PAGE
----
‘Safety at Home’ – or perhaps, more specifically, safety when not at work – begins with encouraging your employees to make good decisions about their behaviours and their health.

One of the key elements, to successfully achieving ‘safety at home’ is to build behaviours and routines that encourage employees to complete a daily self-check on themselves. Before heading the work, each employee should ask themselves, “Is it okay for me to go onsite?” In the past, many employees would head to work with a sniffle or a cough, and not think twice about it. In the new environment, that behaviour can be dangerous, not just for the individual but also for those around them.

One way of building this daily habit is to put in place a tool such as the Daily Health Check. The Daily Health Check is a simple app that asks employees to respond to a few health questions before they head off to work each day. It’s a way of asking your team to stop and consciously assess how they are feeling each and every day. If they pass the questions, they are cleared to head to work. If they don’t, notifications are fired off in the background to relevant managers and leaders and the employee is advised to stay home – and this becomes our first layer of risk mitigation.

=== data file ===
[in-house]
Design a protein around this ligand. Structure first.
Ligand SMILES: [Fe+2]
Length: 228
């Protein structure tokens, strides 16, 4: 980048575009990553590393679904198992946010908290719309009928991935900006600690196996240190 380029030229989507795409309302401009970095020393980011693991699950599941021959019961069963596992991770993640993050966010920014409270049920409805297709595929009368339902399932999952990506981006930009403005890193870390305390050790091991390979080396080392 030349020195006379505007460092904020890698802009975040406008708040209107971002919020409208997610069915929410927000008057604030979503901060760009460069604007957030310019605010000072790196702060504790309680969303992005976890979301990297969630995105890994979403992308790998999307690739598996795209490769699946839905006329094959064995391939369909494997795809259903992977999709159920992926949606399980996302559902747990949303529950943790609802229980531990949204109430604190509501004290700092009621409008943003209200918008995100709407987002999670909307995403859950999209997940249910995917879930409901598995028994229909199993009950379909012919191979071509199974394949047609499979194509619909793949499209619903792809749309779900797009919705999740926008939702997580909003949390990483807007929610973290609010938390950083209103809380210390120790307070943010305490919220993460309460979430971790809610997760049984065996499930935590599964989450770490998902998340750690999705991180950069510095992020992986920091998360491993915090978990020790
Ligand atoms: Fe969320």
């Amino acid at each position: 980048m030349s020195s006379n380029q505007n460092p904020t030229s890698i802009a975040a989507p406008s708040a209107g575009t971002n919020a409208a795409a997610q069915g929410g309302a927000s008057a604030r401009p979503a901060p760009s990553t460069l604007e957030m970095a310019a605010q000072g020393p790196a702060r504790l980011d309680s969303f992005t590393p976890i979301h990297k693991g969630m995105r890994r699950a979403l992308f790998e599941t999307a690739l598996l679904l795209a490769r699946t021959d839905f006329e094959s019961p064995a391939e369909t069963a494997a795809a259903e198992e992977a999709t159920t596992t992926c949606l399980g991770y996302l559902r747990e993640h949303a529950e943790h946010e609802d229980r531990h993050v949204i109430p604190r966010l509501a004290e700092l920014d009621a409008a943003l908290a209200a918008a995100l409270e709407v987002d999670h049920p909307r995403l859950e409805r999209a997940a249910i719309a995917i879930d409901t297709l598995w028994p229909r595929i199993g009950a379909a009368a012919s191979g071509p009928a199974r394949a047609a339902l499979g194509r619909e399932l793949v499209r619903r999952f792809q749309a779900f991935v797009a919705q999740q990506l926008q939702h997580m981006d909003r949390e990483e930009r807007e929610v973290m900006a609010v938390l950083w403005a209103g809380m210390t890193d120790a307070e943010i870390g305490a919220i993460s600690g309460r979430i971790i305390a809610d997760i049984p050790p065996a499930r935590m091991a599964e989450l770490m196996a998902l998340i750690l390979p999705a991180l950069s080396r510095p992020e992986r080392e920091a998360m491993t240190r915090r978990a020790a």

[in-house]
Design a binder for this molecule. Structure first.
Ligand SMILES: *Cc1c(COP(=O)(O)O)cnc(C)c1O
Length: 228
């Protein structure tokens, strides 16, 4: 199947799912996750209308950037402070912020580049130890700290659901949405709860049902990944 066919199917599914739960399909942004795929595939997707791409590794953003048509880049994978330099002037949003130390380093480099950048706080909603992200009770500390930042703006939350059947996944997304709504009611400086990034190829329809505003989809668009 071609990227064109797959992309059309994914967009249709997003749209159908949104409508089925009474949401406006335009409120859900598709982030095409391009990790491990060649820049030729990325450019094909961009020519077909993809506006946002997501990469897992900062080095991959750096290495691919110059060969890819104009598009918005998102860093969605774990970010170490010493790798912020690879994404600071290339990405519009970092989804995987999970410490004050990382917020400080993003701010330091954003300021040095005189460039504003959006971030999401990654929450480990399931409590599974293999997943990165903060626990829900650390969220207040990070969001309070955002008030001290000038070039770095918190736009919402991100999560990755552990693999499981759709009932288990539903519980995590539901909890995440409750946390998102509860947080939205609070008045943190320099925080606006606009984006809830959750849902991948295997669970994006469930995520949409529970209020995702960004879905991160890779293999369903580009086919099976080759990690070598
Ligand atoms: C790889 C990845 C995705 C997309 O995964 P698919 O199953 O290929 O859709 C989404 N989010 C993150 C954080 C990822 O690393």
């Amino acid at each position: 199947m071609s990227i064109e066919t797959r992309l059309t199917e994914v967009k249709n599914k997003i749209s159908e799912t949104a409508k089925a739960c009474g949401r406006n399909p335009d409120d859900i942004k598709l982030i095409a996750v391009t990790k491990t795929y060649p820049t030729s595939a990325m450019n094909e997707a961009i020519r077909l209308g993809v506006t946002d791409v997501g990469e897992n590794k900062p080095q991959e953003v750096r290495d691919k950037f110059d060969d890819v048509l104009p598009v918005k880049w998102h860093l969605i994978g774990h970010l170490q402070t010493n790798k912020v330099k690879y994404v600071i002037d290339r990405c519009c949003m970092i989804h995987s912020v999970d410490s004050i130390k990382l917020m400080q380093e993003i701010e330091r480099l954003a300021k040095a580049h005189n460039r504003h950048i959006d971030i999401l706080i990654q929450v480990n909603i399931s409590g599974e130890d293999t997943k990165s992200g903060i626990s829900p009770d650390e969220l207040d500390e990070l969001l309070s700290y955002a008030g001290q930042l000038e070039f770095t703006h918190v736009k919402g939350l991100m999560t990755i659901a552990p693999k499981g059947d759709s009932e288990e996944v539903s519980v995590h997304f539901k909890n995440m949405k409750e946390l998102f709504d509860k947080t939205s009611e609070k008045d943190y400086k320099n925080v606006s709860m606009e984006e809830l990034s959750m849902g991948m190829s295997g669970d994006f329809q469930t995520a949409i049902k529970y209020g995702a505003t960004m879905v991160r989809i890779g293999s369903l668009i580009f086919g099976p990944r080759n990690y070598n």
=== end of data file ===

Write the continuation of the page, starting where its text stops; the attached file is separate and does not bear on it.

Interestingly, recent research into COVID indicates that the existence of symptoms such as a runny nose, sore throat and fatigue is a much stronger predictor of infections than we previously thought. So, the simple act of consciously checking in on our health each day before leaving for work could have a very powerful return and can play a significant role in keeping people safe while at work.


Safety at the Gate

The goal of ‘Safety at the Gate’ is to stop risks from coming onto your premises. If level one, above, is put in place, you have stopped a significant number of high risk employees from even leaving their home. The next challenge is to have a second layer of protection that can be used to control access to your workplace, again with the goal of keeping any potential risks outside the gate.

For example, one of our clients uses the Daily Health Check at their facility gate, far away from the building entrances and even before the carpark. Team members must show their Green Health Boarding Pass to staff through their car window before they are allowed in.

“Ticks out, thumbs up!” is the cheerful cry from security, as people show their app and drive through.